Loading ...
Sorry, an error occurred while loading the content.

1269Re: [steiner] Re: to experience thinking

Expand Messages
  • DRStarman2001@aol.com
    Oct 18, 2002
      softabyss@... writes:
      From my reading of your post I would conclude that you find Kuhliwind's fundamental distinctions to be a bunch of crap. Is that the case? 
      Best Wishes,
      Carol
      P.S. please resond to me offline if you feel that others are
      not interested in this topic. I only post it in the group
      because I am tweeking it a bit, and, perhaps, it is moving in
      a direction of more interest.

      *******Well, let's say that I didn't feel in him any great insight into Steiner's philosophical works, or sense him experiencing pure thinking as Steiner did and many other anthroposophists I've met did (like Bill Lindemann of Spring Valley). I heard him lecture and read his main book years ago, and found both the book and man were 'flat' and did nothing for me, quite unlike Steiner. But perhaps he's someone who others would appreciate, and it was just my temperament that didn't respond to his (one disappointed hearer remarked that he was like his name, a 'cool wind').

         Why not say what 'distinctions' you're speaking of? Remember, this list has not been working with the Philosophie der Freiheit for ten months. Are you on the list 'Sister' Joanne started to study it? I assume you know the Waldorf education technique: you only really know something when you can do something creative with it, like present it in some form to others. So here is your audience! If the members can't relate to it or are not interested I'm sure they'll tell us so.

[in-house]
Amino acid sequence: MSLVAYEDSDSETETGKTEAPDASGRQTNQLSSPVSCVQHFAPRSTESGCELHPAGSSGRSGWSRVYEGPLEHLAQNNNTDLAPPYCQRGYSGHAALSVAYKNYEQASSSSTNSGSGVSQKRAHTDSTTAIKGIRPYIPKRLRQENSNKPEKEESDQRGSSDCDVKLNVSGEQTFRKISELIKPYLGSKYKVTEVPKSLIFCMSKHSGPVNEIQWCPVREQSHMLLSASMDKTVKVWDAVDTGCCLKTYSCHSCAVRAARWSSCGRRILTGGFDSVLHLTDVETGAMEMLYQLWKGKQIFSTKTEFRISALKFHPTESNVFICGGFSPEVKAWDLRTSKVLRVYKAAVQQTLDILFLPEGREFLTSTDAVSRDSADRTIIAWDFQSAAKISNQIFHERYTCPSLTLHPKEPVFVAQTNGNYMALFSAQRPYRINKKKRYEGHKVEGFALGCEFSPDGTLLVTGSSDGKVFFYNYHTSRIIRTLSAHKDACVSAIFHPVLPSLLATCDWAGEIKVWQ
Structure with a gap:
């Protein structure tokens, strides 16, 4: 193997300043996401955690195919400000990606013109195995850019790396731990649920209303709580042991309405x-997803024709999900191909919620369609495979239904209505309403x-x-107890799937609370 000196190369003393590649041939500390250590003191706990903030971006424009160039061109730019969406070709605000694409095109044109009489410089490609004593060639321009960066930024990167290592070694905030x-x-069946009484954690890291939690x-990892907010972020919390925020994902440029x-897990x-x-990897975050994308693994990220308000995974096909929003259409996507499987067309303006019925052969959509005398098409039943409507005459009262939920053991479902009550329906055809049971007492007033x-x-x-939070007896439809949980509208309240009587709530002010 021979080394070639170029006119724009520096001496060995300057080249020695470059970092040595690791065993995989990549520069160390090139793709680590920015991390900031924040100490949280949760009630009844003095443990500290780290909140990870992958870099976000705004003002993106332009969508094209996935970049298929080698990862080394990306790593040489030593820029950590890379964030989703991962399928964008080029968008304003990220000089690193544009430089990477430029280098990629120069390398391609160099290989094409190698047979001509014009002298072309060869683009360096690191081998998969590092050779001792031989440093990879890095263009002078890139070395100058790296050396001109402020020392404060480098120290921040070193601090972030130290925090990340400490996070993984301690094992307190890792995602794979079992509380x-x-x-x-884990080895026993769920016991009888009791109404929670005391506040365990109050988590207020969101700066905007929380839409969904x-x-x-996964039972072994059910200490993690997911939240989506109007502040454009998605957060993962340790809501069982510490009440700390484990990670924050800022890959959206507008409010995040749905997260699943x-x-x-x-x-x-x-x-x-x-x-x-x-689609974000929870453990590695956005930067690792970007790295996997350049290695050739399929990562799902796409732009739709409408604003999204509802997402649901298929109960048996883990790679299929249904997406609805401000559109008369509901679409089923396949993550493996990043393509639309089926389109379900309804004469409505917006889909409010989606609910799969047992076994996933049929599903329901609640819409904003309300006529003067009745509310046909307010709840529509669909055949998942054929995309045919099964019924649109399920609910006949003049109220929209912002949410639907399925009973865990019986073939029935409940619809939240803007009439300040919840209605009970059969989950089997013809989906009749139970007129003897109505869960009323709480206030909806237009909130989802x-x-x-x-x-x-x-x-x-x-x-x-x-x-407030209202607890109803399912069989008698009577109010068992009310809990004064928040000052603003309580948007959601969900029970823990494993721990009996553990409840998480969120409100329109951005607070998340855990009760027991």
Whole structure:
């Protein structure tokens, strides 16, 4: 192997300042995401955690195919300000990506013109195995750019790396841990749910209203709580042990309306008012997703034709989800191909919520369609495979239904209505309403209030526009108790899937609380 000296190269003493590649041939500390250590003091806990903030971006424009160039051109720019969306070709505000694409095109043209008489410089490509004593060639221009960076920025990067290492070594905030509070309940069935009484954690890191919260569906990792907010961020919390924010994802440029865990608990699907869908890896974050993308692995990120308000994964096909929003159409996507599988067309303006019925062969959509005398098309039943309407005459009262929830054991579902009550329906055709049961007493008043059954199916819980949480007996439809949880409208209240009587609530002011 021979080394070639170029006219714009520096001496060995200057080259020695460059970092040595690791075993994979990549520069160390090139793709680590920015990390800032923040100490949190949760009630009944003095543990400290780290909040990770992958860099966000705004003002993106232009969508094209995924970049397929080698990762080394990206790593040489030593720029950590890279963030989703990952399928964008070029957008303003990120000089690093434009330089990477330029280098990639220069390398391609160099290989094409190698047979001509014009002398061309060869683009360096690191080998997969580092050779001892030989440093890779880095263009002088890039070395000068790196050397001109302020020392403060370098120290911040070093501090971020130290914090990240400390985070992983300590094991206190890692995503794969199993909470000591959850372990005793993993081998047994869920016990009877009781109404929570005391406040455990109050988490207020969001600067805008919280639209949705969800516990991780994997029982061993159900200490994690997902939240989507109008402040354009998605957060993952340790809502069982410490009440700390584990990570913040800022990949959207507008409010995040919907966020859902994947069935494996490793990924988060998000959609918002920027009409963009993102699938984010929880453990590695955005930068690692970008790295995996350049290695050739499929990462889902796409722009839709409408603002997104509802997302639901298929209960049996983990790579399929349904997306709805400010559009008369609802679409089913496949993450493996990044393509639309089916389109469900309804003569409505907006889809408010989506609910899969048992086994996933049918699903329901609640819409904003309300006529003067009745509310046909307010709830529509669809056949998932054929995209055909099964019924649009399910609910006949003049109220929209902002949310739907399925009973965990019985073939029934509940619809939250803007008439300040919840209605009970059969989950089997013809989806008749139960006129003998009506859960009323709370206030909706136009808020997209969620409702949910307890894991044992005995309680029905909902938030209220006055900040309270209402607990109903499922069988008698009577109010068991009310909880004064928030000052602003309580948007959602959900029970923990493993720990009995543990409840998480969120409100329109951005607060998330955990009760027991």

Also, please be sure to tell me what of my writing about the PoF you find unclear. If it's of little interest to the group we can take it offlist.

      Dr. Starman


      Steiner himself says NOT to to take a piece of the
      >book here and there separated from the whole and think about it, so I'm not
      >going to do so with you anymore. We would have to take up the book as a whole
      >again to answer your questions properly.
      >
      >   Second, this is undoubtedly far too pedantic for the other people on this